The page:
How your small company can deliver customer service like the big players (and how to use Zendesk for it) 

By  Nils Rebehn

Nowadays it’s easy to start a new business, especially if it’s online only. You have your idea, you launch it, and then it happens – you get your first customers through the virtual door. Boom! You are in business. Ok, I’m skipping a few essential steps about the idea and the launch, but dozens of books and blogs and whatnot exist around those topics already. Here we’ll look into customer service for small companies

Here I’ll focus on the moment once you have your customers. More importantly, once they ask questions. Once you take the first hurdles and have customers buying your product or service, the next challenge comes up: “how to deal with them?” – or the better question: “how to help them best?”

The challenge for small (and even mid-sized) companies is that customers expect a great customer service these days. 

Your advantage is that customers like dealing with smaller businesses and it’s easier for you to adapt and make changes than it is for bigger companies. 

Hi, my name is Nils. I’m the founder of Guidoo Services, “your guide to Zendesk”, a customer service consultancy and official Zendesk partner. I’m a former Zendesk employee and have a decade worth of experience in the customer service and support sector. 

Today, I will share with you the results from the report “Big Expectations, Small Businesses: What Customers Want”, created by Dimensional Research.

Findings from the research

There are a lot of great takeaways from the survey and you can get a lot of great details from it. Here we’ll focus on the findings, and then I will give you actionable advice, specifically for your use of Zendesk.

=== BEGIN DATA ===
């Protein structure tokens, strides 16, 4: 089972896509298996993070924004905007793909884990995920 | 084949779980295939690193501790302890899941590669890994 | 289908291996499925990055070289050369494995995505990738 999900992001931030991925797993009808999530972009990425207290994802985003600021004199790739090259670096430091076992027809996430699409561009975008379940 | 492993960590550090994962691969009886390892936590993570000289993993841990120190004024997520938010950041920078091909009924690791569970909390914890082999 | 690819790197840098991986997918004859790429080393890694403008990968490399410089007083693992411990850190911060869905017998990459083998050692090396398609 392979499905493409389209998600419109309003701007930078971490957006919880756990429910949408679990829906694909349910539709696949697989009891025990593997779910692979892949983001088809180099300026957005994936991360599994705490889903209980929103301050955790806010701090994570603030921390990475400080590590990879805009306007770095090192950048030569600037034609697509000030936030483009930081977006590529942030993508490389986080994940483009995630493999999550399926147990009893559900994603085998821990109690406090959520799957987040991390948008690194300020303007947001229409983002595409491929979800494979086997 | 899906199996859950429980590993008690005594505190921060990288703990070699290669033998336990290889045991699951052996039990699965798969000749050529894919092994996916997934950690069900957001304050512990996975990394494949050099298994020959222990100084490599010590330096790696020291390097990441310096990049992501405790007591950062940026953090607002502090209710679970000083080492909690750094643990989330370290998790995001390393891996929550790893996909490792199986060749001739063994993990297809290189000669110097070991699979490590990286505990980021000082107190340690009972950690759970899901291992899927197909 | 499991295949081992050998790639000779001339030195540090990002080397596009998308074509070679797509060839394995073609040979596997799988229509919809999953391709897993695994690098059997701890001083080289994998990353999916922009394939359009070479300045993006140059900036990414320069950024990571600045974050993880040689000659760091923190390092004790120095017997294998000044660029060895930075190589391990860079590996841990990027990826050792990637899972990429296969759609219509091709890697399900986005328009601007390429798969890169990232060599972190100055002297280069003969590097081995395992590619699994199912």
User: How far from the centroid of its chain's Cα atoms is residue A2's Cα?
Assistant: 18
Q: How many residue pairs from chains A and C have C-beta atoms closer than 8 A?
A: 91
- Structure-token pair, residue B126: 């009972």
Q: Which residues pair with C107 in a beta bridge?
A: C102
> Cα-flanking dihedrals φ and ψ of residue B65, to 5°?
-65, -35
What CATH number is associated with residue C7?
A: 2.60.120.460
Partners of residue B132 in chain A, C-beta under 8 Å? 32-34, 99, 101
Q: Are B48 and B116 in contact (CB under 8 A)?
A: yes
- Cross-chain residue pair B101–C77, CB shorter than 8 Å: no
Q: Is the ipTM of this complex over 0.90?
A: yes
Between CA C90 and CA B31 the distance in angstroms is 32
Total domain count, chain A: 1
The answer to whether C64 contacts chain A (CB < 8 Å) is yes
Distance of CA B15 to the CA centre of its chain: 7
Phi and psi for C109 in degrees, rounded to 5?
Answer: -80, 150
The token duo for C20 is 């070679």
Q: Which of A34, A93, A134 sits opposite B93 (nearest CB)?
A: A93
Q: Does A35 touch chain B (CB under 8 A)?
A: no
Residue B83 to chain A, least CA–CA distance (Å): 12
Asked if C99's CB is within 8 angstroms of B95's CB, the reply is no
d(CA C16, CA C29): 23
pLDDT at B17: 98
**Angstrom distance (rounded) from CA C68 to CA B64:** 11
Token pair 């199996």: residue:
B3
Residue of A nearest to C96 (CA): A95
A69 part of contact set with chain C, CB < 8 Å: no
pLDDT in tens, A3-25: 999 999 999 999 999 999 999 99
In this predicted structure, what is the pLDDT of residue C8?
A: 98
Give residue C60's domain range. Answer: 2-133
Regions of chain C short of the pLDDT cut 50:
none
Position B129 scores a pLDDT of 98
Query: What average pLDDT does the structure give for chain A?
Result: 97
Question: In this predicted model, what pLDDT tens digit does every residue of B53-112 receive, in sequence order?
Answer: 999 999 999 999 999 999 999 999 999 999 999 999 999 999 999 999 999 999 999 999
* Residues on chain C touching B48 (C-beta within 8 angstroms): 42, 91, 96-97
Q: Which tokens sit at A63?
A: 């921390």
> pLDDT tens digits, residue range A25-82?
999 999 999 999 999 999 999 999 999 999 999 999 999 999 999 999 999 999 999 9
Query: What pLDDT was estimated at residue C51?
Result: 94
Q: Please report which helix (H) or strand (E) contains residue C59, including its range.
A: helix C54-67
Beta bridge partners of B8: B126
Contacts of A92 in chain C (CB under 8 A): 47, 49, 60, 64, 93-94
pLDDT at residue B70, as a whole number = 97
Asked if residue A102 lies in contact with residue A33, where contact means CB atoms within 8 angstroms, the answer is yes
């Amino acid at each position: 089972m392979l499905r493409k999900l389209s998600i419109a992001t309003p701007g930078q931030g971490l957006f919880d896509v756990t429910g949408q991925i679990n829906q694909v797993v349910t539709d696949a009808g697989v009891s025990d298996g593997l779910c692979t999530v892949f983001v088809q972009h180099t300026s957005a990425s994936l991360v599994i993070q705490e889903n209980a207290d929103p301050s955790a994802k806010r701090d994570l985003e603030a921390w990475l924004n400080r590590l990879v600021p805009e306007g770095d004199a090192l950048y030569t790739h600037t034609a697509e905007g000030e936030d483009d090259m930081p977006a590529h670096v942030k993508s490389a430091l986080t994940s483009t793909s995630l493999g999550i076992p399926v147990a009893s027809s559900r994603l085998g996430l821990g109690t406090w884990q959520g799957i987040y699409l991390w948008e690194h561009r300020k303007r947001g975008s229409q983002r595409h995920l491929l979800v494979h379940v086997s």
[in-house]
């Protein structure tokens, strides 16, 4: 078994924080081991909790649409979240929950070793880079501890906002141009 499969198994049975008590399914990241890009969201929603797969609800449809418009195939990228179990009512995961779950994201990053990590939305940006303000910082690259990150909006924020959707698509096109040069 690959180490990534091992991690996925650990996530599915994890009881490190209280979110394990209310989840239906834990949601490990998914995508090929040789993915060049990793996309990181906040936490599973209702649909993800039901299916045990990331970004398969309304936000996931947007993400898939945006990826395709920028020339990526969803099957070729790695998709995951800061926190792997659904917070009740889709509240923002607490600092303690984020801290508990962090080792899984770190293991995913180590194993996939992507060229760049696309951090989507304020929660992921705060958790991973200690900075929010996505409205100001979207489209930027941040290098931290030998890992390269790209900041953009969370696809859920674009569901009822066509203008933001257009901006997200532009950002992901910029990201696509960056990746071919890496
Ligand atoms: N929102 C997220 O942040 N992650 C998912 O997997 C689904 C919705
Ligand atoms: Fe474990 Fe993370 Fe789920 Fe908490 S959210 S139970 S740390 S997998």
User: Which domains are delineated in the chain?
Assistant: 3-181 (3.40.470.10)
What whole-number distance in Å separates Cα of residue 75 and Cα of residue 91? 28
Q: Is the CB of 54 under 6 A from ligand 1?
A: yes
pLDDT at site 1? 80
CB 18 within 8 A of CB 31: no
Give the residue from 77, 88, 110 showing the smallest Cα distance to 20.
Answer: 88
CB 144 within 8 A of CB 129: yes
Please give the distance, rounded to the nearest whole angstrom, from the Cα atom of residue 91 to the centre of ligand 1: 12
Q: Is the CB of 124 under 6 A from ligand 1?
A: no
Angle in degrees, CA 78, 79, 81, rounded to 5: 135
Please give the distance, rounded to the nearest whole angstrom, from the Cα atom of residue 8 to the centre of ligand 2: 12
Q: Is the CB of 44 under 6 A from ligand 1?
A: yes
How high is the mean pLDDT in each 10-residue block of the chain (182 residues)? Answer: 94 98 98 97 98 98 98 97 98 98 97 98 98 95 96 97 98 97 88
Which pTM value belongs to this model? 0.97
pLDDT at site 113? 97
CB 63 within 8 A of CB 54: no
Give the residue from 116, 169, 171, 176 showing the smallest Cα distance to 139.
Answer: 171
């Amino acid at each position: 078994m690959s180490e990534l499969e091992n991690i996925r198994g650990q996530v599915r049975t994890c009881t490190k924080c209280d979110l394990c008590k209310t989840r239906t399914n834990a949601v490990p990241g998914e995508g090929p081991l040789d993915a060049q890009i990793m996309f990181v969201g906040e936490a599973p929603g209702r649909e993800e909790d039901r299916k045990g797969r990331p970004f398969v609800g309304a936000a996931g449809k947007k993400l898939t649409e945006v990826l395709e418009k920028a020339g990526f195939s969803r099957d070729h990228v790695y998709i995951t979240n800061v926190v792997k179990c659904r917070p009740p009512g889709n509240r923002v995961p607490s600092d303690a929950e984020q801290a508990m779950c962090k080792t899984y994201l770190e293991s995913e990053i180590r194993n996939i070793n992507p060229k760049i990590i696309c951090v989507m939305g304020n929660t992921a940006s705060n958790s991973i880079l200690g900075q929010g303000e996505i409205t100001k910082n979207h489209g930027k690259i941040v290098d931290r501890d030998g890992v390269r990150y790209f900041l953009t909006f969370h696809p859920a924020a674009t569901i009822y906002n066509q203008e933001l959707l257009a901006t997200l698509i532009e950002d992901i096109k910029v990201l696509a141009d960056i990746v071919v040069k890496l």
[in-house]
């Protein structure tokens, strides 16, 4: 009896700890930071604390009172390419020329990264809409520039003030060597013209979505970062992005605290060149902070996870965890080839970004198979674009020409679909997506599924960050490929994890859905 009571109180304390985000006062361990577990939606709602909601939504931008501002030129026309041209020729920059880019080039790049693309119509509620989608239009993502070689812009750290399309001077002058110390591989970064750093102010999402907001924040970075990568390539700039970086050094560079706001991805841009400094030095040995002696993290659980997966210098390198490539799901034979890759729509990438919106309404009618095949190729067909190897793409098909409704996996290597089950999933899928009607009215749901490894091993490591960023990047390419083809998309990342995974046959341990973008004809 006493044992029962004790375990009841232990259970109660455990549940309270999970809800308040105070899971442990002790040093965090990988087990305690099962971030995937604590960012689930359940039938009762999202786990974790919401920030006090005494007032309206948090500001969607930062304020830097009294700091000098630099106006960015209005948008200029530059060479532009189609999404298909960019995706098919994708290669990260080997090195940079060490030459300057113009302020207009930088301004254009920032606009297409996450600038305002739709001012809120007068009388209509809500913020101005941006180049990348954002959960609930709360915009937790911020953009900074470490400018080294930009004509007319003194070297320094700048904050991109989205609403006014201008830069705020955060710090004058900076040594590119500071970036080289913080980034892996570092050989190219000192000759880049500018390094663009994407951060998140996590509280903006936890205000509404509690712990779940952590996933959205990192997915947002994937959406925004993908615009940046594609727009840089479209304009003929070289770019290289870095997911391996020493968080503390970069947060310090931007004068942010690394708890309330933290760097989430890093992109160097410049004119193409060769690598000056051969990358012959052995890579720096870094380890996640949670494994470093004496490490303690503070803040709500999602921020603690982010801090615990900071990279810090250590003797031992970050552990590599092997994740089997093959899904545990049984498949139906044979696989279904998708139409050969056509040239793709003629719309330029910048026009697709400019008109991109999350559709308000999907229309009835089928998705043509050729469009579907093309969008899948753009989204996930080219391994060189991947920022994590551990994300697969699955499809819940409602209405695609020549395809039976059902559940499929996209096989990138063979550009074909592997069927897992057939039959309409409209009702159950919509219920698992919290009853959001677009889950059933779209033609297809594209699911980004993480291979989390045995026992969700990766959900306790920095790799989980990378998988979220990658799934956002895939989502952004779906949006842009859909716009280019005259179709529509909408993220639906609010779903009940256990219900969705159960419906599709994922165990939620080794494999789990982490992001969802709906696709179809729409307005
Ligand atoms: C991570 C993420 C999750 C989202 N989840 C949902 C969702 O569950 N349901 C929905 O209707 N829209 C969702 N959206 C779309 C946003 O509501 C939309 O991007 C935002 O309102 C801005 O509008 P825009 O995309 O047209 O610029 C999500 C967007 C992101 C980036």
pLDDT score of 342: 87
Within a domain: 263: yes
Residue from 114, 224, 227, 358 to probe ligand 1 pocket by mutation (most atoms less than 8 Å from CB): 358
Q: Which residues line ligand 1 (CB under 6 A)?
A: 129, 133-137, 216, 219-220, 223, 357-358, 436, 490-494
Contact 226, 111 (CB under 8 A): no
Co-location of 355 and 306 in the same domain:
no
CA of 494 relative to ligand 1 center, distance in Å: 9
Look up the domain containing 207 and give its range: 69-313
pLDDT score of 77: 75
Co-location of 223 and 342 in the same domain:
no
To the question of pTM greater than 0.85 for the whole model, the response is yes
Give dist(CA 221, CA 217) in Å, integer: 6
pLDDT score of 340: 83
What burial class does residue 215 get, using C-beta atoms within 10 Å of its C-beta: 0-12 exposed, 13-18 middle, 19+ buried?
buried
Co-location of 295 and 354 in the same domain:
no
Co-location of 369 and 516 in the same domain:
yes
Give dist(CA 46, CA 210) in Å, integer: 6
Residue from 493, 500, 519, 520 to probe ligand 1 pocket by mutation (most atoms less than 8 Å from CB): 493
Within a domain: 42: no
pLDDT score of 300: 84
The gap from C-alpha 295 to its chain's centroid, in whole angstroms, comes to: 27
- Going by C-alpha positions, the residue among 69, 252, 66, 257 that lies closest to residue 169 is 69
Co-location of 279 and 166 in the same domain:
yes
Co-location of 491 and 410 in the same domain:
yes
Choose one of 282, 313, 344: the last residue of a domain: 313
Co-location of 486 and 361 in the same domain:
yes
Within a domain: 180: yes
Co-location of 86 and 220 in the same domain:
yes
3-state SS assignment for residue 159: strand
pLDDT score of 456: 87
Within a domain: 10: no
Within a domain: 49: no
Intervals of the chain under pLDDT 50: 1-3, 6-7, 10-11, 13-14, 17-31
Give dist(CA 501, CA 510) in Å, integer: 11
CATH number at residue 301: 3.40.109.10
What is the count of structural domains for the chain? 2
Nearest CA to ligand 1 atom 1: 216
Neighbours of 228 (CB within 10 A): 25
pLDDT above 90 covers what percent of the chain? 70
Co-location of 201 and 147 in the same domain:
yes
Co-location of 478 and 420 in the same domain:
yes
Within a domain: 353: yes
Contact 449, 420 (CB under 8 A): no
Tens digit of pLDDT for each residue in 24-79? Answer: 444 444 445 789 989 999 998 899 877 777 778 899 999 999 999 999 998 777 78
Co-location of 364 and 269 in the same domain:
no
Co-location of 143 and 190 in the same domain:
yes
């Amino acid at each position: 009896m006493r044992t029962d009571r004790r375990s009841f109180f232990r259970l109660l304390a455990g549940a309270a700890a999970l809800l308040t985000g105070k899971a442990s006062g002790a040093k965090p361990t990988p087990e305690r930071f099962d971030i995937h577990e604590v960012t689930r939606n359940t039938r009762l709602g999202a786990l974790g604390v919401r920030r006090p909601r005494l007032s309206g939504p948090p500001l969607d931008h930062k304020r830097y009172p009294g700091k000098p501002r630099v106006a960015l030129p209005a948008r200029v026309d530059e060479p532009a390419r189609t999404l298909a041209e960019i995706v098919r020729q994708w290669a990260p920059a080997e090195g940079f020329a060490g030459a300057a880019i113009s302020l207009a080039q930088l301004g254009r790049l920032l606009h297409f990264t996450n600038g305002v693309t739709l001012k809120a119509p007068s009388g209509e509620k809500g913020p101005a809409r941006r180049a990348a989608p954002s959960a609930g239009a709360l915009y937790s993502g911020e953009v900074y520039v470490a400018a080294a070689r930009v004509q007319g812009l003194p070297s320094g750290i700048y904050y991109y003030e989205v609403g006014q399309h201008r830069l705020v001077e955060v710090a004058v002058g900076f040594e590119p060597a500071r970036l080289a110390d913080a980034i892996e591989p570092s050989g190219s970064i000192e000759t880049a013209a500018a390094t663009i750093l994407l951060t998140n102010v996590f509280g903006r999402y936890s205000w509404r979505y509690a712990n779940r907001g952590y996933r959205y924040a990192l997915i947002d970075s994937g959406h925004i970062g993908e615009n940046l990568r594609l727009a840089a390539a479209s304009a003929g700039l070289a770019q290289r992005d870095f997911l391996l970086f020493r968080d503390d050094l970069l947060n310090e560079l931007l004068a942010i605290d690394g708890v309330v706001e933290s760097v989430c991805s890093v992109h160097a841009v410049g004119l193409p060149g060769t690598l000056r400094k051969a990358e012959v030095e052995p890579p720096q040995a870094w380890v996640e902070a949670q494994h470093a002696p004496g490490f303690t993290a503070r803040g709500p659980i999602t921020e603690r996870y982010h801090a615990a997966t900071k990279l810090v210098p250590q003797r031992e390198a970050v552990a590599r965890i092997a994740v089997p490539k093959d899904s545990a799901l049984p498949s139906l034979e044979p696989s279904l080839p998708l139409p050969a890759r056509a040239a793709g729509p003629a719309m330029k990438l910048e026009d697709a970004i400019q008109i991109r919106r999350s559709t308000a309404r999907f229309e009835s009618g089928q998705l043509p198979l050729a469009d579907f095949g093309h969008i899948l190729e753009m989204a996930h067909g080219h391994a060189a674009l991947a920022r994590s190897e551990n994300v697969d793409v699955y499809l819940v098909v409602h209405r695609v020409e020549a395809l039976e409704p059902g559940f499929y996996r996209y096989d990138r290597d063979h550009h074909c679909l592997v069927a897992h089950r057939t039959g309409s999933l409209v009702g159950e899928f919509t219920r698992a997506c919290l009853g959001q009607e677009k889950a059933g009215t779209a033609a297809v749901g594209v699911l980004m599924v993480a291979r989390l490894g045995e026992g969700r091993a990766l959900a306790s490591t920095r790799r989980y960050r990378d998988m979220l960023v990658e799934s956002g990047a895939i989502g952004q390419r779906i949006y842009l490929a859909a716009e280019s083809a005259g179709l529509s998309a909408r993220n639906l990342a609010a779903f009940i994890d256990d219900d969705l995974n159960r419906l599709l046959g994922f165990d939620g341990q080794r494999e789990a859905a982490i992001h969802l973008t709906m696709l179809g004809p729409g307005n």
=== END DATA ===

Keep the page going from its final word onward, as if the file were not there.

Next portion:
• Opportunity
    • Customers are happier to support your small businesses over bigger ones: 95% are happy to do so if it’s convenient, and apparently, 66% would even go out of their way to make the purchase.
    • One of the key advantages over larger companies is the customer service: speed and flexibility matter significantly. In short: your customers expect better service from smaller companies.
  • Impact
    • When done right, 4 out of 5 people will choose to buy from your company after a positive service experience. They are more likely to come again and even recommend it to their friends and family.
    • However, the opposite is true as well. 9 out of 10 people are inclined to stop buying from you or switch to a new brand after a bad CS experience with your business. 
  • Channels
    • It matters where the customer can reach you. Over half of customers have used chat or messengers to communicate with small businesses. 
    • The younger the customers, the more they tend to go towards social media. 
    • 4 out of 5 check out the self-service options of your company before contacting you directly. 

So now we know that consumers are happy to buy from your small business, but they expect a quick and exceptional service. In return, they reward you with repeat business or recommendations. In order to achieve this, you need to know where they are first and provide sufficient help along the way.